Publication Date


Journal or Book Title

Journal of the American Heart Association


Background Better cardiovascular health (CVH) scores are associated with lower risk of cardiovascular disease (CVD). However, estimates of the potential population-level impact of improving CVH on US CVD event rates are not currently available. Methods and Results Using data from the National Health and Nutrition Examination Survey 2011 to 2016 (n=11 696), we estimated the proportions of US adults in CVH groups. Levels of 7 American Heart Association CVH metrics were scored as ideal (2 points), intermediate (1 point), or poor (0 points), and summed to define overall CVH (low, 0-8 points; moderate, 9-11 points; or high, 12-14 points). Using individual-level data from 7 US community-based cohort studies (n=30 447), we estimated annual incidence rates of major CVD events by levels of CVH. Using the combined data sources, we estimated population attributable fractions of CVD and the number of CVD events that could be prevented annually if all US adults achieved high CVH. High CVH was identified in 7.3% (95% CI, 6.3%-8.3%) of US adults. We estimated that 70.0% (95% CI, 56.5%-79.9%) of CVD events were attributable to low and moderate CVH. If all US adults attained high CVH, we estimated that 2.0 (95% CI, 1.6-2.3) million CVD events could be prevented annually. If all US adults with low CVH attained moderate CVH, we estimated that 1.2 (95% CI, 1.0-1.4) million CVD events could be prevented annually. Conclusions The potential benefits of achieving high CVH in all US adults are considerable, and even a partial improvement in CVH scores would be highly beneficial.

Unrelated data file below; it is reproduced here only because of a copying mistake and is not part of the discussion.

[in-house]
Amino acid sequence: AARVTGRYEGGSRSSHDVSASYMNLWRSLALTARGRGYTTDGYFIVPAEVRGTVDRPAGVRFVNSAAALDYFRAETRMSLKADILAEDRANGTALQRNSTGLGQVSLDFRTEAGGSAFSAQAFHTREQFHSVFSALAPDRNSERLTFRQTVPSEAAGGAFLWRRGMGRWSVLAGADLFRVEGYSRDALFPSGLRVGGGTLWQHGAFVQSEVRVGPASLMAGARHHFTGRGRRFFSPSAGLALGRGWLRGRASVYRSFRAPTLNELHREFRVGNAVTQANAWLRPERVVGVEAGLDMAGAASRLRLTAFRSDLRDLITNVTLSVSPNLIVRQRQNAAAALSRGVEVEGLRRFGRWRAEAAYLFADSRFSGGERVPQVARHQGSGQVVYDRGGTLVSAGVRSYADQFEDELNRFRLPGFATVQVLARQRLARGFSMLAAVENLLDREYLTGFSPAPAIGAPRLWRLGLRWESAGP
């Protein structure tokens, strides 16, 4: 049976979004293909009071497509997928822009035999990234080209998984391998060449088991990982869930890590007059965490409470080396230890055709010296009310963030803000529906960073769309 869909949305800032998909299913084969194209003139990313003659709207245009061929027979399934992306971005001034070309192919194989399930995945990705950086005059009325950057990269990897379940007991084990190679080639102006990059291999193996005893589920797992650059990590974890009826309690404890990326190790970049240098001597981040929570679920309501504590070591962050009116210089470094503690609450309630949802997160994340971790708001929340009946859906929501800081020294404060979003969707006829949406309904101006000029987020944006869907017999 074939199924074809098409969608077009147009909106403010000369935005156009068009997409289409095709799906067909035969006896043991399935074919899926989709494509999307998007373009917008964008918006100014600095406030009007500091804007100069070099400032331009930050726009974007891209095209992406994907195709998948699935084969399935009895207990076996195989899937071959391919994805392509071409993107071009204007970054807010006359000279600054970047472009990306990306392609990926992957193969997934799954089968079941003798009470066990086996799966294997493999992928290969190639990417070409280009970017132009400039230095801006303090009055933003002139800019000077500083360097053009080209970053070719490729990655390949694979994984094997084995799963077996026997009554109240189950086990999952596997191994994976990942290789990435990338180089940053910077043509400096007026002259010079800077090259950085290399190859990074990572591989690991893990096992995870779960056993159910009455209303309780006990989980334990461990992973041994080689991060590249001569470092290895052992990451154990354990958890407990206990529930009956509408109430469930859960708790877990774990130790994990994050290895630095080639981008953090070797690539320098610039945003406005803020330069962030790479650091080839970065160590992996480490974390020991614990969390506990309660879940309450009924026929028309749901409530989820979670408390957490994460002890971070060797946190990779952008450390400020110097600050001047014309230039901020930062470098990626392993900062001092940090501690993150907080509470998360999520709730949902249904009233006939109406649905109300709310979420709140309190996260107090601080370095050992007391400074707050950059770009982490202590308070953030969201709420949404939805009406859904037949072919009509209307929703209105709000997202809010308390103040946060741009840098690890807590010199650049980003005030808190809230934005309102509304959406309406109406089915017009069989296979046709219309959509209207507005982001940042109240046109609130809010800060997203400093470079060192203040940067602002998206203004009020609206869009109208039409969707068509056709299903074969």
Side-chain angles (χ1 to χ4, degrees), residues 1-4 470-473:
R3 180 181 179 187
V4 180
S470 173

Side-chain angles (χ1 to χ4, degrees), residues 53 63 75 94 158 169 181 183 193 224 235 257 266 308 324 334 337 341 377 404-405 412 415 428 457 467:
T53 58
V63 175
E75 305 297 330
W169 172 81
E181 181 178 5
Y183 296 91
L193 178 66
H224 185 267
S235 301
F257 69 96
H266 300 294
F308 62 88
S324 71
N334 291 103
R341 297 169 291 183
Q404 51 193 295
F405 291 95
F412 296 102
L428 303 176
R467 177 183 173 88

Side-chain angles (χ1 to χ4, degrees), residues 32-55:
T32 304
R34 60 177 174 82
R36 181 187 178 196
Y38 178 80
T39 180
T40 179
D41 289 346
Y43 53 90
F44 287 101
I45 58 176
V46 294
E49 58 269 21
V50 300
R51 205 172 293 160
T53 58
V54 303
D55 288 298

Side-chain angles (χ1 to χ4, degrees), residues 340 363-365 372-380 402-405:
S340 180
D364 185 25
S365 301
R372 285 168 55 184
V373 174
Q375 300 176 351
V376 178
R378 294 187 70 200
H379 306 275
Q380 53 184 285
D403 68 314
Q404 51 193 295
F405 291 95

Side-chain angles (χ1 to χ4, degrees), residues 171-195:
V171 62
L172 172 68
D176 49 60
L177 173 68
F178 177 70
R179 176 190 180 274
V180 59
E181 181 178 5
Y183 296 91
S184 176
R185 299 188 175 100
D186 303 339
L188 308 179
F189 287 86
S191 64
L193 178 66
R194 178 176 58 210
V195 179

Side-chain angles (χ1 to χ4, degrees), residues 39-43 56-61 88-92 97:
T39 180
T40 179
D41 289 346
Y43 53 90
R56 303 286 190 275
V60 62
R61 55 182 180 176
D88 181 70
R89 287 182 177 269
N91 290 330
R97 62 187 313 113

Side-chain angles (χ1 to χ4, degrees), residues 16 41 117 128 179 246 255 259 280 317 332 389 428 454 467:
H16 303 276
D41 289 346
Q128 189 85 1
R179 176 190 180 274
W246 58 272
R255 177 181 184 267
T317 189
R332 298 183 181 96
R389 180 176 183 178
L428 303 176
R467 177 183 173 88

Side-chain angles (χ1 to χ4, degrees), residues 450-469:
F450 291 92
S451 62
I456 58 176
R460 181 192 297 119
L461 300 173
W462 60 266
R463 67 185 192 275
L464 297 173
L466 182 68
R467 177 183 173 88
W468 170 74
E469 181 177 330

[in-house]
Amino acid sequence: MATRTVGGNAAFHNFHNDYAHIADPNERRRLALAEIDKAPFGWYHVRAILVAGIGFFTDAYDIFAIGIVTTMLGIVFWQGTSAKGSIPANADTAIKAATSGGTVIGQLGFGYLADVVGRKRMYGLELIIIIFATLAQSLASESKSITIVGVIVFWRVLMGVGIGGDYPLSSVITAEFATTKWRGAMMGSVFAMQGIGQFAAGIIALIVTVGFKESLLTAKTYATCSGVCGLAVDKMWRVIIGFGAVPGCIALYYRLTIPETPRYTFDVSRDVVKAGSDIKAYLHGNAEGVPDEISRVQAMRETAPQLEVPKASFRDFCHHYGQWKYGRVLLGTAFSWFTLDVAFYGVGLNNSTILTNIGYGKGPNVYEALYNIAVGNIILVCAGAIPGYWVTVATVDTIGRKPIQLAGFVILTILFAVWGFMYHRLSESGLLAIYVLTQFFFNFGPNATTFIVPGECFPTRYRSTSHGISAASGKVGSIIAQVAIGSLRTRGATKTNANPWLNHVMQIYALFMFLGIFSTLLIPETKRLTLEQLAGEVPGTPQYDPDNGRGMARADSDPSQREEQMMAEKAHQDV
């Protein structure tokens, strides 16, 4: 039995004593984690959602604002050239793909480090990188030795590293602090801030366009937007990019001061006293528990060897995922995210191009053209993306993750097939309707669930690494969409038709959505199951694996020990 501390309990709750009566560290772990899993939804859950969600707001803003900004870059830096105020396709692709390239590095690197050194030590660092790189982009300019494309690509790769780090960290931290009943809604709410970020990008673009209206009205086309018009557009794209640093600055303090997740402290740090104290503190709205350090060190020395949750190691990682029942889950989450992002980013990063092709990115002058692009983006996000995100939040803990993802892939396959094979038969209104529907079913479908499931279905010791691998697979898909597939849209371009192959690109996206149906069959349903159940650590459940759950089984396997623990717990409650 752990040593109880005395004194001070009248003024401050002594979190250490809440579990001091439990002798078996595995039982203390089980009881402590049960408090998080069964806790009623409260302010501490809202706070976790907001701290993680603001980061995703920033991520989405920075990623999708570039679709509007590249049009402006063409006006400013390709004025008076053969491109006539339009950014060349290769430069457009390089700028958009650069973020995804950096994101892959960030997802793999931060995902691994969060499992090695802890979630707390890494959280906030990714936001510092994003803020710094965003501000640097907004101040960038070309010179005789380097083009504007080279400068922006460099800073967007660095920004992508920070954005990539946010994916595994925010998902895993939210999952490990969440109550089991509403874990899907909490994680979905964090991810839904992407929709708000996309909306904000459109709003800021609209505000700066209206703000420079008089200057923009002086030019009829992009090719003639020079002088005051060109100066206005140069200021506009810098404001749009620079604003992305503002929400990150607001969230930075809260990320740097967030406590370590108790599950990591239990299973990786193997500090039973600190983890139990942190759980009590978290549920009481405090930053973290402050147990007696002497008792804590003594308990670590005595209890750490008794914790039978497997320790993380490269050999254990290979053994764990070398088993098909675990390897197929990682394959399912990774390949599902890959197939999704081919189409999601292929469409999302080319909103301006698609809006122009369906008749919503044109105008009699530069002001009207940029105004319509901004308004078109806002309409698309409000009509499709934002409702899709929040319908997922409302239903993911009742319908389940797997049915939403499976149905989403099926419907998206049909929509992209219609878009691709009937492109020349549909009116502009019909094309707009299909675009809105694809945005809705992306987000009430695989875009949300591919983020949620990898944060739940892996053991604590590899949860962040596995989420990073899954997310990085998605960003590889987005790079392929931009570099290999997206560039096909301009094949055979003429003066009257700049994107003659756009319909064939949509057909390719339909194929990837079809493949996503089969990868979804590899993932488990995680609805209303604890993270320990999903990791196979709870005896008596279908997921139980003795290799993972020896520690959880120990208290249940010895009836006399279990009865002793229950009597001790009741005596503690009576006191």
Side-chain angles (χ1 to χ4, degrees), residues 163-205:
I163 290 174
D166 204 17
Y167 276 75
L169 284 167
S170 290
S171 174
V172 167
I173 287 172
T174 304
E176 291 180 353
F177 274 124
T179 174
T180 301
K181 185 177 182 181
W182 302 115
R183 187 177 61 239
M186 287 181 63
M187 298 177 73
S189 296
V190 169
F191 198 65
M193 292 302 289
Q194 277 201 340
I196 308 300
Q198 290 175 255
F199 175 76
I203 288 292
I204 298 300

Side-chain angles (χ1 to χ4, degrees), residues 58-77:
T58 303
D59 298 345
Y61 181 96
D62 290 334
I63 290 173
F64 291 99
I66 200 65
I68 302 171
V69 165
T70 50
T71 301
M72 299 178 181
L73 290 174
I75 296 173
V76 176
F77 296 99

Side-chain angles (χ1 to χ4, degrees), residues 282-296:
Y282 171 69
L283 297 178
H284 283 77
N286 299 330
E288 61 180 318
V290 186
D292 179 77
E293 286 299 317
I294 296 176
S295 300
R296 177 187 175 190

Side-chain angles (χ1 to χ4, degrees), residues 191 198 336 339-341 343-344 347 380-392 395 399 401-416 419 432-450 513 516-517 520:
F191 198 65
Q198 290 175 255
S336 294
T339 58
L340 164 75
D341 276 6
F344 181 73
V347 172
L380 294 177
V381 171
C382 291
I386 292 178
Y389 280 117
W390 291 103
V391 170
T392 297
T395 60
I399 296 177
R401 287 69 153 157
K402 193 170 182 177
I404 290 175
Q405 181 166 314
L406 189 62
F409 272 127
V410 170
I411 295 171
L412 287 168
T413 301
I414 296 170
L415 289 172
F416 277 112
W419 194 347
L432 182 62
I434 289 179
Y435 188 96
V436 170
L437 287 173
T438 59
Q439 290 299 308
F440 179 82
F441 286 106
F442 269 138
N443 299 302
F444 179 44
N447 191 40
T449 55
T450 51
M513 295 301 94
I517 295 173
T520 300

UMass Amherst Open Access Policy

Creative Commons License

Creative Commons Attribution 4.0 License
This work is licensed under a Creative Commons Attribution 4.0 License.


National Institutes of Health/National Heart, Lung, and Blood InstituteUnited States Department of Health & Human ServicesNational Institutes of Health (NIH) - USANIH National Heart Lung & Blood Institute (NHLBI) [R21HL085375, K23HL136601, R01HL146844]; Northwestern University Feinberg School of Medicine; National Institutes of Health/Eunice Kennedy Shriver National Institute of Child Health and Human Development career development grant [K12HD043451]; Center for Biomedical Research Excellence grant from the National Institute of General Medical Sciences [P20GM109036]